The law guarantees every criminal suspect the right to an attorney. Unfortunately, you don’t get to choose your public defender. You only get your choice of a lawyer if you decide to go private. But how much will you end up paying for the services of a private lawyer? Below are some of the factors that determine criminal defense fees.
Number of Charges
A single criminal act can trigger multiple charges or counts. For example, if the authorities have accused you of driving under the influence (DUI), you might face other related charges, such as:
- Endangering the life of a minor (if you had a child passenger)
- Violation of open container laws (if you had an open container of alcohol in the car)
- Resisting arrest (if you struggled with the officers during your arrest)
You must defend any of these charges since they attract individual punishments. The more charges you have, the harder the lawyer’s job will be. Thus, the number of charges can influence the overall fees for your case.
Lawyers also base their charges on the quality of service they can give you. Most professionals become better at their jobs with time, lawyers included, so an experienced lawyer is likely to serve you better than an inexperienced one. Therefore, a lawyer with decades of experience is likely to command premium rates.
In addition to experience, the legwork that the attorney has to put in also matters. A case might require more labor hours if your legal team has to:
- Spend hours investigating the case
- Interview numerous witnesses
- Review numerous documents
- Review numerous past cases
The more time your lawyer has to spend on your case, the less time they have to work on other cases. Your lawyer wants to give you the best defense possible, so they must put in the required hours. In most scenarios, a greater time commitment will call for higher fees.
Reputation plays a big role for professionals. Lawyers who have worked hard and built their reputations over the years deserve proportional remuneration. For example, some lawyers have exceptional trial experiences, have won landmark cases, or won legal awards. Such lawyers may charge more, and with good reason, than lawyers without a comparable reputation.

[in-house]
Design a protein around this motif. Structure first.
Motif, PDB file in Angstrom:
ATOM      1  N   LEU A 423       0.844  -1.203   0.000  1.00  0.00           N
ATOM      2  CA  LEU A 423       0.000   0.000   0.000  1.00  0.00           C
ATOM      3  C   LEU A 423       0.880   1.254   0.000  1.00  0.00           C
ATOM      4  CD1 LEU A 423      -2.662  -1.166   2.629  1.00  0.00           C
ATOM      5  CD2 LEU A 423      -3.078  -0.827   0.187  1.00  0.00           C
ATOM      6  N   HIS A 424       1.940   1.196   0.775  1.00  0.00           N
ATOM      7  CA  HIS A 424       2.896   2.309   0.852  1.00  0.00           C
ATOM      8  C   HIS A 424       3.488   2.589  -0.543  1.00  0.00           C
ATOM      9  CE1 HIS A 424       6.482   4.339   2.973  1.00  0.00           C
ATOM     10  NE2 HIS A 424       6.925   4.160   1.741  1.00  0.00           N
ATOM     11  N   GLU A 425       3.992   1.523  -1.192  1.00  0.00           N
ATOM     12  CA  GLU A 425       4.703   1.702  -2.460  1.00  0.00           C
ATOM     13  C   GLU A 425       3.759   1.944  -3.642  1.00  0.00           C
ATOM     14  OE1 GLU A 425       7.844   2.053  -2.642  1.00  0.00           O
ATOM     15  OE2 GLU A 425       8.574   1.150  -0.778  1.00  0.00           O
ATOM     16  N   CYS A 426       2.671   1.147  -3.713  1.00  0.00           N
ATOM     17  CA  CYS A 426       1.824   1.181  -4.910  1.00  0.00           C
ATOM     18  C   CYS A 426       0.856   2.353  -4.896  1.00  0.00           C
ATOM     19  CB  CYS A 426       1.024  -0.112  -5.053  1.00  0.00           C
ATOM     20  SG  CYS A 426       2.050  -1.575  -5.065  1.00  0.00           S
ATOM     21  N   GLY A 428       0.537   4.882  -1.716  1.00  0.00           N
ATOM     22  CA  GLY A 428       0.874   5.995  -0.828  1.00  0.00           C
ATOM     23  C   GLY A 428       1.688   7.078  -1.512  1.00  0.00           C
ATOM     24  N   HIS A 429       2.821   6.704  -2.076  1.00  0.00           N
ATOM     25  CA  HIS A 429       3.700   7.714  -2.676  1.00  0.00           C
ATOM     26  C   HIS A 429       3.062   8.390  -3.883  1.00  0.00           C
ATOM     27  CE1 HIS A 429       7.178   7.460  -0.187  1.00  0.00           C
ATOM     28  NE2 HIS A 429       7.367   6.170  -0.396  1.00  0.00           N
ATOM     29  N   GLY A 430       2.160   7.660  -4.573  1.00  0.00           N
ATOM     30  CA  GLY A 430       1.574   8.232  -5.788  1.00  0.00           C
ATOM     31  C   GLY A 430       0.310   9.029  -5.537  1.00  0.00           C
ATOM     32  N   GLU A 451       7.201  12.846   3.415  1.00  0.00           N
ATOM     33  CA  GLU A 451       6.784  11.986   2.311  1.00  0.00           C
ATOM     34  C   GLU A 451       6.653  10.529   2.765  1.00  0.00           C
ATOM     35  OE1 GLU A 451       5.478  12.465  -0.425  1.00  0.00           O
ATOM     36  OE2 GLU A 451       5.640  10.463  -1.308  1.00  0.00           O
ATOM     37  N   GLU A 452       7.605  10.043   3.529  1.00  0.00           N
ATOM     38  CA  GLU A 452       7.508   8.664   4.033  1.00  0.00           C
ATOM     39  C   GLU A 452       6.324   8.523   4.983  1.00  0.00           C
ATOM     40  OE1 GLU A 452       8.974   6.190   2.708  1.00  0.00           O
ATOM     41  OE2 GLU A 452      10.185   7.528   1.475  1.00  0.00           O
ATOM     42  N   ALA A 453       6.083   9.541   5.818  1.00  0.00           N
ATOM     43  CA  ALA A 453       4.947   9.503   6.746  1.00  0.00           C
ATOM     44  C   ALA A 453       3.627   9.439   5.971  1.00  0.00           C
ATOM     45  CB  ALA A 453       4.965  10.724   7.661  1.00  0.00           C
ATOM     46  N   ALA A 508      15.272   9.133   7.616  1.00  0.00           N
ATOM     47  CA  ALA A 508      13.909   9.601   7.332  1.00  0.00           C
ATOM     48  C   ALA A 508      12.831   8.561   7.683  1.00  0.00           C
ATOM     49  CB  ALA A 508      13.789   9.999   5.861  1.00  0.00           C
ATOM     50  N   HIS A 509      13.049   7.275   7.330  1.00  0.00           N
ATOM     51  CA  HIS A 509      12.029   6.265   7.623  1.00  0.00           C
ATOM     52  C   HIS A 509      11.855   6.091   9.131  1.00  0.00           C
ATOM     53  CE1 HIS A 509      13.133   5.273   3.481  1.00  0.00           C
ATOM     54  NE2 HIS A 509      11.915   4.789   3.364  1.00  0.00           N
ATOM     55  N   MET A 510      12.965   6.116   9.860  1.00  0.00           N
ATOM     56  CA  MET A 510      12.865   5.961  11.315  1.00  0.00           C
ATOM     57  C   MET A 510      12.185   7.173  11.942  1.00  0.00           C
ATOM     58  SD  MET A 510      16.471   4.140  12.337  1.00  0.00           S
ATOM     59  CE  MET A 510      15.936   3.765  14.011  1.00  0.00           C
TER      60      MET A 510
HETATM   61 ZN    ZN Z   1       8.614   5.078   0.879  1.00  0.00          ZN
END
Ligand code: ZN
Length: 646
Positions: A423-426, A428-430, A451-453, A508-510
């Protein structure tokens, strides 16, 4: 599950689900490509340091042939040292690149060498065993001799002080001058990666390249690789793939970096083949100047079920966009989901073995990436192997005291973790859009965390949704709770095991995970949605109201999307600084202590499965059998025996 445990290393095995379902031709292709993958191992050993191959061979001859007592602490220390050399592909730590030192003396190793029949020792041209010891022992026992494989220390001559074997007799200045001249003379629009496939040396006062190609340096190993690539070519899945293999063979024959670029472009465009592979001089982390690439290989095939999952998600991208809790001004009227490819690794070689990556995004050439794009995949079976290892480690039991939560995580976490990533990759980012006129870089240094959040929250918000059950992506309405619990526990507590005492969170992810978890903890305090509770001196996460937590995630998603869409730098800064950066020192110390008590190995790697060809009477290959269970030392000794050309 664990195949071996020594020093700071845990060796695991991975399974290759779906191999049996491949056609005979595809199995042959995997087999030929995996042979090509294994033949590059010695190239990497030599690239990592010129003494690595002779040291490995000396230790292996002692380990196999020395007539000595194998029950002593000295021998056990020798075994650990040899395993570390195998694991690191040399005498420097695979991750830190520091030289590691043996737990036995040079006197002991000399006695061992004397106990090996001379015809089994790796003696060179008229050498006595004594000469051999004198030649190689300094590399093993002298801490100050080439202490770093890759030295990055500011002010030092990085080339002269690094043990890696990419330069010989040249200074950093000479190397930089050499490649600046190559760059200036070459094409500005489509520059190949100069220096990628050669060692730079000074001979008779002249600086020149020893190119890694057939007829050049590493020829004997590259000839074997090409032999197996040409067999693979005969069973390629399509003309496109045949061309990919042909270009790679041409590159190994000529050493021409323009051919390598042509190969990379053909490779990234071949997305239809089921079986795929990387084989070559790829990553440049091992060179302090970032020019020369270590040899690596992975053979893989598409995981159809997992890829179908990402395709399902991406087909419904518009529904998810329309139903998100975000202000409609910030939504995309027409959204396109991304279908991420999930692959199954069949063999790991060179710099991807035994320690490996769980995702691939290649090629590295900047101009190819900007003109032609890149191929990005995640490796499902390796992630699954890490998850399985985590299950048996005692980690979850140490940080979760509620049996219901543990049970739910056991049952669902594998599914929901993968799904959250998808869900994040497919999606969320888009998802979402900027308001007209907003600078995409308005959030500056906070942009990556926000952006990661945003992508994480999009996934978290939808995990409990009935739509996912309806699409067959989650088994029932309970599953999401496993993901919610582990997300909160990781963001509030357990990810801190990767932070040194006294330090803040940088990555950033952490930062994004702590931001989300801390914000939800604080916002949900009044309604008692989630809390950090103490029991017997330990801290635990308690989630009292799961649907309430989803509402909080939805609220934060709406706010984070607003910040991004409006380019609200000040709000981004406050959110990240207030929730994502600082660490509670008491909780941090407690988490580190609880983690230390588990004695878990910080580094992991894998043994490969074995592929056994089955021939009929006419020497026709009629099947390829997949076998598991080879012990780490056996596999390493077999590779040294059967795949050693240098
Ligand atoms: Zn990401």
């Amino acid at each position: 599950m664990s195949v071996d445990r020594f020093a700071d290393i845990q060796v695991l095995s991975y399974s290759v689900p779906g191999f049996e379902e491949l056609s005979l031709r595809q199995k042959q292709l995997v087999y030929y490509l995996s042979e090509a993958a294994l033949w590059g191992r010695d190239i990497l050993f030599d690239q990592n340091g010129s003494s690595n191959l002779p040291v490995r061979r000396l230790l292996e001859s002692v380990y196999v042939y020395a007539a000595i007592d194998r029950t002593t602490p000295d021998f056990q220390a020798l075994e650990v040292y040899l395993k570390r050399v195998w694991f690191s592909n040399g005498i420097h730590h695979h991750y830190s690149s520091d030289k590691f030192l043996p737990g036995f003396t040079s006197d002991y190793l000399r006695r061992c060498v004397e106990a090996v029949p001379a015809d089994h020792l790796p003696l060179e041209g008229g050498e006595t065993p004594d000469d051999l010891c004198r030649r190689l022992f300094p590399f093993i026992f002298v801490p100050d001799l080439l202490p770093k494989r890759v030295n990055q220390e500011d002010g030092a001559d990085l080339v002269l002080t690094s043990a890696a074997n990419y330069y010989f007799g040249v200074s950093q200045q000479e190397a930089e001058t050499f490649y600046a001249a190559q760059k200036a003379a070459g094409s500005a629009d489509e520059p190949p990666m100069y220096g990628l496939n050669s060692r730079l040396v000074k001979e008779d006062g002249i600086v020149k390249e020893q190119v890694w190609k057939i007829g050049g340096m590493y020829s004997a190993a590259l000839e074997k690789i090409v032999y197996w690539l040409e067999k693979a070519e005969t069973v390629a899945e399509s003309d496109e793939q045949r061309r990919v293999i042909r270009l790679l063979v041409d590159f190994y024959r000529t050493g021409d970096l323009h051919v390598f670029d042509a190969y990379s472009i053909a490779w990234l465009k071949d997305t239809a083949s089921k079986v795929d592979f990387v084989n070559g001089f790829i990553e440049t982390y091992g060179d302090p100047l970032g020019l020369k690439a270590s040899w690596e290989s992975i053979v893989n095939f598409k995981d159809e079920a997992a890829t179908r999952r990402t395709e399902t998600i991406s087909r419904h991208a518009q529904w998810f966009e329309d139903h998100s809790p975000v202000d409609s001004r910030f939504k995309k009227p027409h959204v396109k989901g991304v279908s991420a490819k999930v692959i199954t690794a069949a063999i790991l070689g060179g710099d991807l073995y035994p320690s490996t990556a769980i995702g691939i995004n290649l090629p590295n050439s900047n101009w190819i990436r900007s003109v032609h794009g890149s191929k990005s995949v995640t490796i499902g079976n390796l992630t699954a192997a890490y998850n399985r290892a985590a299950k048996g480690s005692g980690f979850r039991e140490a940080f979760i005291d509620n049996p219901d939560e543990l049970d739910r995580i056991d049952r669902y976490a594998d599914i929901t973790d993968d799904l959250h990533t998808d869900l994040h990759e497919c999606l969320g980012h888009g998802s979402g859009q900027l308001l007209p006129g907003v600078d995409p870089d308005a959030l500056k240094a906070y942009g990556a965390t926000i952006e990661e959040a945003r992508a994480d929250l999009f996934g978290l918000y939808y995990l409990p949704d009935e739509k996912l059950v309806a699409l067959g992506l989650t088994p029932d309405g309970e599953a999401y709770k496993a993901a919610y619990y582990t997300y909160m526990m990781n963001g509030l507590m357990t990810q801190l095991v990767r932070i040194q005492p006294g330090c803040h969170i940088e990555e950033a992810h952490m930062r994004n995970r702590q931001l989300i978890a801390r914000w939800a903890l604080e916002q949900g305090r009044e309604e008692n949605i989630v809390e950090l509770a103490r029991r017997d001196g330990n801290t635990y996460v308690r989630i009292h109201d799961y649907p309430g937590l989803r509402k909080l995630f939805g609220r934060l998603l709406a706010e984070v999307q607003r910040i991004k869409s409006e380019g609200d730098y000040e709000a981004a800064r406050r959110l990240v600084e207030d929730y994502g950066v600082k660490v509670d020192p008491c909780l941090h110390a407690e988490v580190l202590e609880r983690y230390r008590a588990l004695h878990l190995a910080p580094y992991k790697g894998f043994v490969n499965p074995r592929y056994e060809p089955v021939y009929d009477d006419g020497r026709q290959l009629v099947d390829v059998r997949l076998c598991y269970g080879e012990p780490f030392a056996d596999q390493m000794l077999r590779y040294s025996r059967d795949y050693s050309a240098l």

Not every criminal case ends up in a trial. For example, a lawyer can work out a plea deal and get you released without even going to court. In some cases, the lawyer only needs to make a few court appearances. Unfortunately, some cases require numerous and lengthy court appearances, especially cases that go to trial.
Court work requires time and preparation. Thus, expect to pay more if your lawyer has to make numerous court appearances.
In most cases, the severity of the case is the single biggest determinant of legal fees. The severity of the case depends on various factors, such as:
- The gravity of the offense: for example, homicide is more severe than public intoxication.
- The potential punishment: for example, a charge that attracts a mandatory ten-year sentence is more severe than a charge that attracts a mandatory one-year sentence.
- The nature of the victim: for example, crimes with vulnerable victims (such as children or the elderly) tend to carry greater consequences.
Severe or complex cases require more skill, experience, time, and resources to defend, so such cases attract higher fees than other cases.
The good news is that, with a few exceptions, most criminal defense lawyers have negotiable fees. However, in most cases, the charges will reflect the overall complexity of the case. Daniels, Long & Pinsel, LLC, charges reasonable fees for its clients. If you have a criminal case, contact us for a case review to determine your fees and defense strategy.